Patients treated in for-profit dialysis facilities experienced 17 percent more instrumental variable risk-adjusted hospital days than in their nonprofit counterparts, or about 3 additional days per year. There was no statistically significant difference in hospital days among chain-affiliated and independent facilities. Adjustments for case mix, facility size, payer type, market factors and for referral bias in the choice of dialysis facility
were made in order to ensure that these results were not due to either observable risk factors or unobservable referral bias (i.e., sicker patients being referred to for-profit providers and thus artificially increasing hospital days).
Our main finding is consistent with our original hypothesis that patients treated in for-profit dialysis providers will have higher hospital days per year because the cost of any interventions that would prevent lengthy hospital admissions are greater than the financial rewards from avoiding missed treatment. In that context, prevention of lengthy hospital admissions is an example of an unprofitable activity and thus less likely to be adopted by for-profit providers.
A recent study has also provided results that are consistent with the same basic hypothesis that for-profit dialysis providers are more likely than their nonprofit counterparts to take profitable actions and shirk on unprofitable ones. Large for-profit dialysis chains were found to use higher epoetin dose adjustments and target higher hemoglobin levels, probably because the cost of achieving higher hemoglobin concentrations is less than the additional reimbursement for higher epoetin dose (Thamer et al. 2007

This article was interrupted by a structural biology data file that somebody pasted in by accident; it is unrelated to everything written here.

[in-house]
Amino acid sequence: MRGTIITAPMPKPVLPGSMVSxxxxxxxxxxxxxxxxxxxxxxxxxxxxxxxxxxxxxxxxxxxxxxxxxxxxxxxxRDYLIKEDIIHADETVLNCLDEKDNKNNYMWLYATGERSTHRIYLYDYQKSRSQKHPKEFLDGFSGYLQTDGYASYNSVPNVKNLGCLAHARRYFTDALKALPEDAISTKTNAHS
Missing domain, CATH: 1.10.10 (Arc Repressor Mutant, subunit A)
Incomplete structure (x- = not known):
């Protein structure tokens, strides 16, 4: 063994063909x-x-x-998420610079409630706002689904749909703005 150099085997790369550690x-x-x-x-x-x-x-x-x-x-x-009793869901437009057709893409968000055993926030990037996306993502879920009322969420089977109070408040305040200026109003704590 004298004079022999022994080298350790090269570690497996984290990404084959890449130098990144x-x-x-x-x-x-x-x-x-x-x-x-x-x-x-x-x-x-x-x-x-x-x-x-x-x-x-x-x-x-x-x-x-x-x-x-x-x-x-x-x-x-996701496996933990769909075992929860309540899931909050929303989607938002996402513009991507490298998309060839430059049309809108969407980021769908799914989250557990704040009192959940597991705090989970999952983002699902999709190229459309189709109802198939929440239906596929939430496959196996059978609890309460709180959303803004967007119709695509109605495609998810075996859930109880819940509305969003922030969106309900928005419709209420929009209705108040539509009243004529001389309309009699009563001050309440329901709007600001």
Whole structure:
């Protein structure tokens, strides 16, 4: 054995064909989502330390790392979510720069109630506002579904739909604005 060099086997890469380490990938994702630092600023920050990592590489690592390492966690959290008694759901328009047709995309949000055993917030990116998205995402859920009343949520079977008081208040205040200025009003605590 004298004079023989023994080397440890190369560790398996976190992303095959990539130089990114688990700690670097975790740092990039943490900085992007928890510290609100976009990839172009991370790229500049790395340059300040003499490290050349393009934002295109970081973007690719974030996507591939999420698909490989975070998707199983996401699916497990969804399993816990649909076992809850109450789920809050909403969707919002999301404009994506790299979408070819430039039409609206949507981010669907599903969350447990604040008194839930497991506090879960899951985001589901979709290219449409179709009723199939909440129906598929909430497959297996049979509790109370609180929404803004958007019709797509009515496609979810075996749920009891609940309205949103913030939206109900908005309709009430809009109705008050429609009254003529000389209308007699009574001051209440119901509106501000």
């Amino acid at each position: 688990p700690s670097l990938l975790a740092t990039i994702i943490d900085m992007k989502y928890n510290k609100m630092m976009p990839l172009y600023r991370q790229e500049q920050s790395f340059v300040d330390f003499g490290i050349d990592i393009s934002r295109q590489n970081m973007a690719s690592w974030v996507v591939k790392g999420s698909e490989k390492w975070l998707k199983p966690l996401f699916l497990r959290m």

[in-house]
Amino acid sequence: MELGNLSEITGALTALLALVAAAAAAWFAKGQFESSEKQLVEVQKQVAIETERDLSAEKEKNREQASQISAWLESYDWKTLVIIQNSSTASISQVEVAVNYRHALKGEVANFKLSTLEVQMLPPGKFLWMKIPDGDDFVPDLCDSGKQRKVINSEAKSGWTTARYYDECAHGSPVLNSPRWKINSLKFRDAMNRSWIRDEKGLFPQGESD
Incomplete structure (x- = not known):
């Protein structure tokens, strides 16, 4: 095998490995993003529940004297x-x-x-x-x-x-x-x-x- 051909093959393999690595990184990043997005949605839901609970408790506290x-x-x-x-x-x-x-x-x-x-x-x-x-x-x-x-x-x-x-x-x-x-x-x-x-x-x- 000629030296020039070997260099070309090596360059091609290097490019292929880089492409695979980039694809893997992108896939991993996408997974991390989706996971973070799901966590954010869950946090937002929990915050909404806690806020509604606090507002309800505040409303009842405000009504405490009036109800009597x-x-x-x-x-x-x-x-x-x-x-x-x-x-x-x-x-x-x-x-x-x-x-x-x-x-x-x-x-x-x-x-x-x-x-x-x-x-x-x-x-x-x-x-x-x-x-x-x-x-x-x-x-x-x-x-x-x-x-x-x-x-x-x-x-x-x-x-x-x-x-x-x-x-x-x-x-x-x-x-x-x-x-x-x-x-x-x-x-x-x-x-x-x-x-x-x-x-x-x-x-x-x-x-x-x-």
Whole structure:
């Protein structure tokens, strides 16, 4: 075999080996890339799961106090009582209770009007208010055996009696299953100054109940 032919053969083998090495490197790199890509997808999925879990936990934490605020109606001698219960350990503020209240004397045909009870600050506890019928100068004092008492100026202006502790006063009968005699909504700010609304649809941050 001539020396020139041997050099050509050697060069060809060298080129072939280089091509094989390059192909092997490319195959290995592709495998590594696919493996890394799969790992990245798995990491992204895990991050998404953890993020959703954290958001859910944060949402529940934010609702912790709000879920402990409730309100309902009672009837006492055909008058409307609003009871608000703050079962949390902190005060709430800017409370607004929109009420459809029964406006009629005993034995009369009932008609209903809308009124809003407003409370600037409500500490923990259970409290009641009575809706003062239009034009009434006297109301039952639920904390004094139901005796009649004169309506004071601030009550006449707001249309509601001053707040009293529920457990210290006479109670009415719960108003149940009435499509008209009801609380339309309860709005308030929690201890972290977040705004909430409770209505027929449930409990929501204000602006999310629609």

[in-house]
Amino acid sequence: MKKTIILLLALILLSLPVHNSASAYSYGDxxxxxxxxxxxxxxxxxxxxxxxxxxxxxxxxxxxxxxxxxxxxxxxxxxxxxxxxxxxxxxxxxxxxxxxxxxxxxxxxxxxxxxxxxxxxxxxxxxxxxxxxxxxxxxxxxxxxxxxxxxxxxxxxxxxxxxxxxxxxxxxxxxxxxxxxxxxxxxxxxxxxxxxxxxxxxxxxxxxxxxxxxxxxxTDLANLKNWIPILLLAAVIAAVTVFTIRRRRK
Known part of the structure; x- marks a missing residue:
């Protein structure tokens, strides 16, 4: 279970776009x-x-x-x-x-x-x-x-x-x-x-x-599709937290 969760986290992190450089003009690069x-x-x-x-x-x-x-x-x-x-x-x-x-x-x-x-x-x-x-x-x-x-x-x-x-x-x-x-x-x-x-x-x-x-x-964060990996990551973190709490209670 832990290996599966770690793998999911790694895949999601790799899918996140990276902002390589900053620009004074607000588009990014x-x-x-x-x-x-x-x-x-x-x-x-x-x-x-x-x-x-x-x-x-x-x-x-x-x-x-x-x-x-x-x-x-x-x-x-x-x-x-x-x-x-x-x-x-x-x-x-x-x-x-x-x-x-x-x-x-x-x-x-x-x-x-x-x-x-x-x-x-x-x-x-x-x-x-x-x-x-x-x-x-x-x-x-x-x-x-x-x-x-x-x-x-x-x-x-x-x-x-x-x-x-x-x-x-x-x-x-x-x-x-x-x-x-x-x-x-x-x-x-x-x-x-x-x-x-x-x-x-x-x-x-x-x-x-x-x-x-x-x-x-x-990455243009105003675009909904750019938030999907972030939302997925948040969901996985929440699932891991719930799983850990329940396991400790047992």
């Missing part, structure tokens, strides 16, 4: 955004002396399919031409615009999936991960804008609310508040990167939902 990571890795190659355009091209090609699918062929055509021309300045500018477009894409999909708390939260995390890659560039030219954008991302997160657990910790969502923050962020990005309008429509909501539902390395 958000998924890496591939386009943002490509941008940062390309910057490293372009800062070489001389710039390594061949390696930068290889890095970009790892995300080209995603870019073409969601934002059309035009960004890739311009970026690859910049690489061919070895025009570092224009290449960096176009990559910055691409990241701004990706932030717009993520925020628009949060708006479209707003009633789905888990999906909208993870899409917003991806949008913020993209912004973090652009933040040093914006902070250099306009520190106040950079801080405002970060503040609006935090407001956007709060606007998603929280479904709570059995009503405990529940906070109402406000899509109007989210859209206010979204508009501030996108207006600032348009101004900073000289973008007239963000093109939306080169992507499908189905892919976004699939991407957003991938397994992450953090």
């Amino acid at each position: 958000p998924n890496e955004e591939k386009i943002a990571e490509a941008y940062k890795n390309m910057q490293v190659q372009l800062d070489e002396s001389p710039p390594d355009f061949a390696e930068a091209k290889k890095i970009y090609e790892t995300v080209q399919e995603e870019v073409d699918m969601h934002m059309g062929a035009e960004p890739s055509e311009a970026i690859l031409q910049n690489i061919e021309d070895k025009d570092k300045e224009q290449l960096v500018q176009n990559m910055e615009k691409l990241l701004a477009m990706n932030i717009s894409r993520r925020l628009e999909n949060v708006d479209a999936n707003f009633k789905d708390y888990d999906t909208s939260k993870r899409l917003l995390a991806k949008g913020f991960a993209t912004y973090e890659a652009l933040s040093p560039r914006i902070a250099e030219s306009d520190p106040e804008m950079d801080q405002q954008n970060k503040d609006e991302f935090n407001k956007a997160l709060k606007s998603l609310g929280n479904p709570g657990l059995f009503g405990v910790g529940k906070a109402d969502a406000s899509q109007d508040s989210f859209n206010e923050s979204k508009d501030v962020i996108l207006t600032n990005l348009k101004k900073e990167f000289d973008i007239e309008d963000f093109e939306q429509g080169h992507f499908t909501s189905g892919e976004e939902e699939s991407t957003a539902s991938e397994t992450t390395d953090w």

). However, alternative explanations exist. Even though the unit for comparing differences in outcomes was the dialysis provider, the frequency and duration of hospital admissions are also influenced by the nephrologists and other admitting physicians and by the admitting hospital. One could not rule out the hypothesis that the difference is due to the behavior of these other parties: for instance, revenue maximizing physicians would be more likely to admit patients and keep patients in hospital longer, because payments for hospital care of ESRD patients are derived on a fee-for-service basis, whereas routine maintenance dialysis care is capitated. This perverse incentive might be tempered if physicians' financial interests were more closely linked to the dialysis facility